Consequently, the silence of B.P. Blg. 129 on the jurisdiction of the CA to annul judgments or final orders and resolutions of quasi-judicial bodies like the DARAB indicates its lack of such authority.
The clear implication of the Springfield doctrine is that there is no remedy of annulment of judgment from decisions, resolutions, and final judgments of quasi-judicial agencies of co-equal rank with an RTC. Despite the fact that the Supreme Court cited BF Northwest, a case seemingly contradictory with other afore-cited decisions, it would seem that the Springfield strengthened the Macalalag ruling that the CA is without jurisdiction over annulment of judgment of quasi-judicial bodies. Moreover, considering the fact that Springfield squarely involved the question of whether or not an RTC has jurisdiction to annul the judgments of any quasi-judicial agency, it would appear that the application of the Macalalag doctrine in Springfield has effectively resulted in the total absence of the remedy of annulment of judgment from decisions, resolutions, and final judgments of quasi-judicial agencies regardless of their rank.
This strict construction, as applied in the Macalalag case and other cases aforecited, was likewise applied in the succeeding cases decided by the Supreme Court.
In the case of Fraginal v. Toribia, the Provincial Agrarian Reform Adjudicator (PARAD) issued a Decision ordering the termination of an Agricultural Leasehold Contract. Two years after its issuance, the petitioners sought to annul the said decision on the ground of lack of jurisdiction. The Supreme Court noted that an action for annulment of judgment, similar to a right to appeal, is a mere statutory privilege. Hence, it may only be exercised in the manner prescribed by, and in accordance with, the provisions of law. Otherwise stated, the law must expressly grant such right of action, otherwise, the same may not be exercised. Since Rule 47 of the Rules of Court limits the subject matter of petitions for annulment to final judgments and orders issued by the RTCs in civil actions, it follows that the decision of the PARAD is not susceptible to petitions for annulment. The Court likewise noted that there is nothing in the 1994 DARAB New Rules of Procedure that allows a petition for annulment of a final PARAD Decision. Hence, applying the Macalalag rule, the Supreme Court held that the dismissal of the petition for annulment of judgment was proper.
In the case of Padua v. Court of Appeals, the petitioner sought to annul the decision of the Secretary of the Department of Agrarian Reform (DAR), which ordered the cancellation of the Order of Award in his favor, on the ground of lack of due process arguing that he was allegedly never impleaded as a party to the petition for cancellation of the Order of Award nor furnished a copy of the said petition. In denying the petition for annulment of the assailed Order, the Supreme Court reiterated its previous rulings, thus:
We reiterate that a petition for annulment of judgment under Rule 47 of the Rules of Court may be availed of against final judgments and orders rendered by either RTCs in civil actions or Municipal Trial Courts (MTCs). Final judgments or orders of quasi-judicial tribunals such as the National Labor Relations Commission, the Ombudsman, the Civil Service Commission, and the OP are beyond the reach of a petition for annulment under Rule 47. An order of the DAR Secretary issued in the exercise of his quasi-judicial powers is also outside its scope. Justice Jose C. Vitug, in Macalalag v. Ombudsman, explained the rationale behind the limited application of Rule 47, to wit:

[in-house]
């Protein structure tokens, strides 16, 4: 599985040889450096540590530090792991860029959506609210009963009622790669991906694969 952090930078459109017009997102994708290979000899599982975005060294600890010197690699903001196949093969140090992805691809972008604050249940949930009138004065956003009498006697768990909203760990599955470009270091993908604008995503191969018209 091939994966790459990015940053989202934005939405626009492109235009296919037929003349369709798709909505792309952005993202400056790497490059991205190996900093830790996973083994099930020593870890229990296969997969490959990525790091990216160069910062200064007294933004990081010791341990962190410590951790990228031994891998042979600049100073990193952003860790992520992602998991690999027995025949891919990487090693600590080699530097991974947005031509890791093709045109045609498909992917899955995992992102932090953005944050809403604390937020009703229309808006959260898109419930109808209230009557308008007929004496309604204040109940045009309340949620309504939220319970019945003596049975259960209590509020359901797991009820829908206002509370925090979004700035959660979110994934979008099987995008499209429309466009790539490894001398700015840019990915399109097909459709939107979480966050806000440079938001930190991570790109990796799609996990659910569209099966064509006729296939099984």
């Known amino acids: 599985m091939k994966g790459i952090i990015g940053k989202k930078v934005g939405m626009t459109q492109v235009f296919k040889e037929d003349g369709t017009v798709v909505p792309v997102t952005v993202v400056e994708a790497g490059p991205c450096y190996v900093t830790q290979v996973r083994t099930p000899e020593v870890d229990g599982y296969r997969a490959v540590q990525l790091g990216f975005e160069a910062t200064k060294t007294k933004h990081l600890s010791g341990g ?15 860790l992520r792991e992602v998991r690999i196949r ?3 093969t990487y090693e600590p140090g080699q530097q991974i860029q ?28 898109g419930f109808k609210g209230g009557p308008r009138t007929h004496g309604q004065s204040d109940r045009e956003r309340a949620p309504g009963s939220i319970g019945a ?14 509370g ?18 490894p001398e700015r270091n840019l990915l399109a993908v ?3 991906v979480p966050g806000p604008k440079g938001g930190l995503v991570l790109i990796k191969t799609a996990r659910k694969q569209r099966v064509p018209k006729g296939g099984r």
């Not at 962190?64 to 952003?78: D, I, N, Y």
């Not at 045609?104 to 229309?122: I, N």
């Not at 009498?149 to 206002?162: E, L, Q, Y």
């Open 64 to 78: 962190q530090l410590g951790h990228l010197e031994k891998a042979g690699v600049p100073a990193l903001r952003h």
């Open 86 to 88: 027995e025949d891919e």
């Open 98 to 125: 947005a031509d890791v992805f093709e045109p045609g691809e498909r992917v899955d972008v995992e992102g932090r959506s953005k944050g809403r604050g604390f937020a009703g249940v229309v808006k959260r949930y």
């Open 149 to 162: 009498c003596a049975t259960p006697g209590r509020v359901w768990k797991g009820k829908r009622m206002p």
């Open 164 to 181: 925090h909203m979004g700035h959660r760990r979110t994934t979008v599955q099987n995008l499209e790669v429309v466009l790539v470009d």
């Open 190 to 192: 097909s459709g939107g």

The right to appeal is a mere statutory privilege and may be exercised only in the manner prescribed by, and in accordance with, the provisions of law. There must then be a law expressly granting such right. This legal axiom is also applicable and even more true in actions for annulment of judgments which is an exception to the rule on finality of judgments.
In the present case, neither Republic Act (R.A.) No. 6657 nor R.A. No. 7902 allows a petition for annulment of a final DAR decision or order. Section 61 of R.A. No. 6657 provides that a DAR decision or order be reviewable by the CA in accordance with the Rules of Court. In turn, the Rules of Court, consistent with Supreme Court Administrative Circular No. 1-95 and R.A. No. 7902, prescribes under Rule 43 that the mode of appeal from decisions or orders of DAR as a quasi-judicial agency is by petition for review to the CA. Padua’s recourse to a Petition for Annulment of the Garilao Order, rather than a petition for review, was therefore fatally infirm.
In the final analysis, the weight of authority is to the effect that the remedy of annulment of judgments is denied solely due to the absence of a positive statutory provision recognizing such remedy.
V. Vacuum in the Law and Incentive for Fraud: Critique of the Macalalag Doctrine
While at first blush, the Macalalag doctrine finds sound basis because of its a fortiori approach in ascertaining the basis of the remedy of annulment of judgment, a second look at the doctrine may lead one to conclude otherwise.
The cases discussed earlier all involved adjudications of flesh and blood cases where the merits of the law have been extensively discussed Nonetheless, the enlightened disquisitions of the ponentes aside, the doctrines laid down by the said cases have inadvertently resulted in a disjointed fabric that fails to provide a workable framework that provides parties with an adequate remedy when a judgment of a quasi-judicial agency is procured by fraud or collusion.